London is one of the world's most important financial and cultural centers. London has an area of 1579 sq. km. The city of London has been largely rebuilt since World War II, because of German bombing, London remains a city rich in structures with historic associations.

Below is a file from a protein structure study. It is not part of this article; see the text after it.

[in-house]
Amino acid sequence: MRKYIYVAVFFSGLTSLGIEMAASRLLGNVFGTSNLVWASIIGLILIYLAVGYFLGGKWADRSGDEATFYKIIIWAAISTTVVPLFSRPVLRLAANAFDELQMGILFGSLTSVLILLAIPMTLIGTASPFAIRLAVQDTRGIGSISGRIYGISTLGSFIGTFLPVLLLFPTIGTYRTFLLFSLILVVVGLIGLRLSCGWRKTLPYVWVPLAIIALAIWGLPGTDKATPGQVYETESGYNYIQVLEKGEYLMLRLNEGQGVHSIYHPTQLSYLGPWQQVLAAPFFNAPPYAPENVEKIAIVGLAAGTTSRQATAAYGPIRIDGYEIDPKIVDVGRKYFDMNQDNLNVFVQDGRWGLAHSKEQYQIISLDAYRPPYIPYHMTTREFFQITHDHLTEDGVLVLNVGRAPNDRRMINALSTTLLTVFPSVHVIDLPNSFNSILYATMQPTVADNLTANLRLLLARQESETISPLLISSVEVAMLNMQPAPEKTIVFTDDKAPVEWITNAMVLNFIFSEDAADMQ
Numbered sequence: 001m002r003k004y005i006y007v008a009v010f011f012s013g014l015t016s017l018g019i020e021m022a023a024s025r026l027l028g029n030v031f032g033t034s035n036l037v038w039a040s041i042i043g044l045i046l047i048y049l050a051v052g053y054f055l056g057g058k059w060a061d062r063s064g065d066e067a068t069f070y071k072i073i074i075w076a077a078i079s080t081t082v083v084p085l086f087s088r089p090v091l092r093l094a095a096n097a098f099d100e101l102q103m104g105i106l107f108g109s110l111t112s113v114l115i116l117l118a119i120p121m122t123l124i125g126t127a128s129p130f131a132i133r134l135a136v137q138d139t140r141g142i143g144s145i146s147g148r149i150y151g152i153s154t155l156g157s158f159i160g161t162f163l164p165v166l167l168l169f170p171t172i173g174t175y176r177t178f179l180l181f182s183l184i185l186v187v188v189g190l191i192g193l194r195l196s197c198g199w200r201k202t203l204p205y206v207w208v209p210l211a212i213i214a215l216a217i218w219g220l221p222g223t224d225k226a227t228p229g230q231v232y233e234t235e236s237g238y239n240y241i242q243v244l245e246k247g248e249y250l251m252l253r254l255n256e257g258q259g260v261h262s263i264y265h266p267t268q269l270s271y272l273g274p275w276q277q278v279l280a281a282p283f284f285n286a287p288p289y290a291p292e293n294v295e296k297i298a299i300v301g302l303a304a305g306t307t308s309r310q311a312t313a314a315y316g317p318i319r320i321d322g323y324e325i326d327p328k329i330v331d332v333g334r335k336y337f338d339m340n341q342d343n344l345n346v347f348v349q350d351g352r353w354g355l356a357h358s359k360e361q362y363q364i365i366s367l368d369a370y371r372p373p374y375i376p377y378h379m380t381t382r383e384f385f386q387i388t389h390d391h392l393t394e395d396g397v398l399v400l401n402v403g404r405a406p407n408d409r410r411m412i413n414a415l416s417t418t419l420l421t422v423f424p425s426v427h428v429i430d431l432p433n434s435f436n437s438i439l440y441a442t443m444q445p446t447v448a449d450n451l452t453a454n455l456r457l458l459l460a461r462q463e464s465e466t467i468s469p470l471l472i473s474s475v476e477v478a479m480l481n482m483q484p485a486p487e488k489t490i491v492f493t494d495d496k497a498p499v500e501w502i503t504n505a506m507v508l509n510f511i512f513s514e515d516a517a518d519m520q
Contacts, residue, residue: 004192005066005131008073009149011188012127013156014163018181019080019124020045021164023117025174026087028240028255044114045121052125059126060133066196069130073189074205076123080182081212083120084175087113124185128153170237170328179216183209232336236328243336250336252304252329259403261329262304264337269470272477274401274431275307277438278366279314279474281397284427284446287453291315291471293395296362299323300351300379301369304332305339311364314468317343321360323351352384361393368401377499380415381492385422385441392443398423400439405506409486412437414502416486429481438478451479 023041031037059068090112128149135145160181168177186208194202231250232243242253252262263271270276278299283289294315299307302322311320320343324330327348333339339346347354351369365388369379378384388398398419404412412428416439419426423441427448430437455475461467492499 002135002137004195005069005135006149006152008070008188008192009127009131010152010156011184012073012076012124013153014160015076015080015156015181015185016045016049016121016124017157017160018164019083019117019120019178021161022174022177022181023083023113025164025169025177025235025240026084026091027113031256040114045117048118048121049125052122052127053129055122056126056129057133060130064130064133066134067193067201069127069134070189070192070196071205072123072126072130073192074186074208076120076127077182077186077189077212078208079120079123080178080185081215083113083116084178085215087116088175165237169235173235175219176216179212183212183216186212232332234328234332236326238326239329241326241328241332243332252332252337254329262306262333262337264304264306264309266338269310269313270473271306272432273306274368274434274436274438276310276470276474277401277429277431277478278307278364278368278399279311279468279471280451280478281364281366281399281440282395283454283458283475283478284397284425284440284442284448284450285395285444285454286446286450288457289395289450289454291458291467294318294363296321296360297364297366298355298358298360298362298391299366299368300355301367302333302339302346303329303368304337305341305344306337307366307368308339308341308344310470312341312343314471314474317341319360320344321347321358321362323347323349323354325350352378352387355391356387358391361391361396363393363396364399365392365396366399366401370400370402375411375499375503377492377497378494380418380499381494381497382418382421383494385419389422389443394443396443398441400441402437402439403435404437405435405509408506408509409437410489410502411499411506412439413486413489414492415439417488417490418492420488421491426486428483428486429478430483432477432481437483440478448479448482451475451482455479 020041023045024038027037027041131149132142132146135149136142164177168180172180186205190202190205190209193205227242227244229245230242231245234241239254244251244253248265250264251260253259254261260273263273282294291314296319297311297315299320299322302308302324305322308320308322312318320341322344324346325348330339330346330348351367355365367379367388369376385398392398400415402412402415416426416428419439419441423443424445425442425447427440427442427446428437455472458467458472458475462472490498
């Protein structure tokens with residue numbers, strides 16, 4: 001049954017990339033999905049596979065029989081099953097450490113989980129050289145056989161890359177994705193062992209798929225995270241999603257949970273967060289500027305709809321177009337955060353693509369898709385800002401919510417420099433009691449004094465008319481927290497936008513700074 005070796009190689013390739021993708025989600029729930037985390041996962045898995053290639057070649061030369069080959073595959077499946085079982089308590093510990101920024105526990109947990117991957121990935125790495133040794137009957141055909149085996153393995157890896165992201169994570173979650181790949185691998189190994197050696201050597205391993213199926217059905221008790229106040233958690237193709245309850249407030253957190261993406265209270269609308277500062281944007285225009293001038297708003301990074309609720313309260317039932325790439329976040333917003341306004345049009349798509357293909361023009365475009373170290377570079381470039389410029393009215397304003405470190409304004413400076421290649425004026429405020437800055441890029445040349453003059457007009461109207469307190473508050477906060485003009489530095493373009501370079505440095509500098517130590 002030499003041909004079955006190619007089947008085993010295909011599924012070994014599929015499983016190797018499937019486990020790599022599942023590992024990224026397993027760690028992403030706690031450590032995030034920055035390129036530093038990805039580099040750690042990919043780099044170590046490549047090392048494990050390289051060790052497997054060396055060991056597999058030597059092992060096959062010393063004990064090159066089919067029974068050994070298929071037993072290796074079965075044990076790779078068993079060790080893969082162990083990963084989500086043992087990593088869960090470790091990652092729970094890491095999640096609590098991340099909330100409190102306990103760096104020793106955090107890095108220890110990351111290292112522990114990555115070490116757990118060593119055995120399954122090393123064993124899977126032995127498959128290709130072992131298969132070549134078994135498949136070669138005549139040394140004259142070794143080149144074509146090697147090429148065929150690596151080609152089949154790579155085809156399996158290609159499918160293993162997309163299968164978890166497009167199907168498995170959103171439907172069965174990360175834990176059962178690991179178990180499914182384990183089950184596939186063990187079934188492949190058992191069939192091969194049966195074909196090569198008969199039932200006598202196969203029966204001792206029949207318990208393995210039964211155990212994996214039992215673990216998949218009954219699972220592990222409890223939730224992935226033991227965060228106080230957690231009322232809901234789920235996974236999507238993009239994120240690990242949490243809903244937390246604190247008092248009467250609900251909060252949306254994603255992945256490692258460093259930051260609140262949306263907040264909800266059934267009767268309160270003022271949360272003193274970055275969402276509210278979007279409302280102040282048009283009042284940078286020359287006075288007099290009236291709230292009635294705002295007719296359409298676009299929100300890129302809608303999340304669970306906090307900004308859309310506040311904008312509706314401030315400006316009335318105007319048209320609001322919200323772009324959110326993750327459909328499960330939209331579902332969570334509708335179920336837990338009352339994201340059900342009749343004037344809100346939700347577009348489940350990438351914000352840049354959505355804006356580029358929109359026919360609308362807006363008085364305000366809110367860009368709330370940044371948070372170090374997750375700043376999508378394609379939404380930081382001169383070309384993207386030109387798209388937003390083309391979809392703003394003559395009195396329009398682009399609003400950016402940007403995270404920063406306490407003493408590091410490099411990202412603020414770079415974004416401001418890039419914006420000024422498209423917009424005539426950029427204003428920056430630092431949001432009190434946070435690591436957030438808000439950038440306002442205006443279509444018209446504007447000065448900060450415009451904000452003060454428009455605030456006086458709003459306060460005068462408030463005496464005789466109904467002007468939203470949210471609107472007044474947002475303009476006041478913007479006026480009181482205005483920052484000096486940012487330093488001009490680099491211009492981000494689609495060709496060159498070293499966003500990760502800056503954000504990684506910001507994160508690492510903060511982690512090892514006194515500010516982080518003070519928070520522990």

Saint Paul's Cathedral, London's most imposing church, is the burial place of many important British figures, as is Westminster Abbey, a typical example of English Gothic architecture, long the site of coronations and royal weddings. The great complex of buildings known as the Houses of Parliament, still officially called the New Palace of Westminster, serves as the seat for both the House of Commons and the House of Lords. It is distinguished by the clock tower that contains the famous bell Big Ben. The most venerable building in the city is the Tower of London. The Tower has served as a royal residence, state prison, execution ground, and place for royal pageants; the Tower is also the home of the crown jewels. Buckingham Palace has been the official residence of the monarch since 1837. Three other important palaces are Kensington Palace; Lambeth Palace, the London seat of the archbishops of Canterbury; and Hampton Court, the Tudor palace. An important museum in London is the British Museum, which possess one of the finest libraries in the world. Among the many centers of professional theatre in London are the National Theatre, home of the National Theatre Company; the Aldwych Theatre, home of the Royal Shakespeare Company in London until 1982. The main concert halls are the Royal Festival Hall and Queen Elizabeth Hall and the Purcell Room. Opera and ballet are enjoyed especially at the Royal Opera House. London is noted for its plenty of park spaces. The most notable are the Royal Parks. These include Saint James's Park and Green Park, Hyde Park, and Kensington Gardens. As immigrants tended to concentrate in certain parts of the city, these districts became characterized by dominant racial or ethnic groups.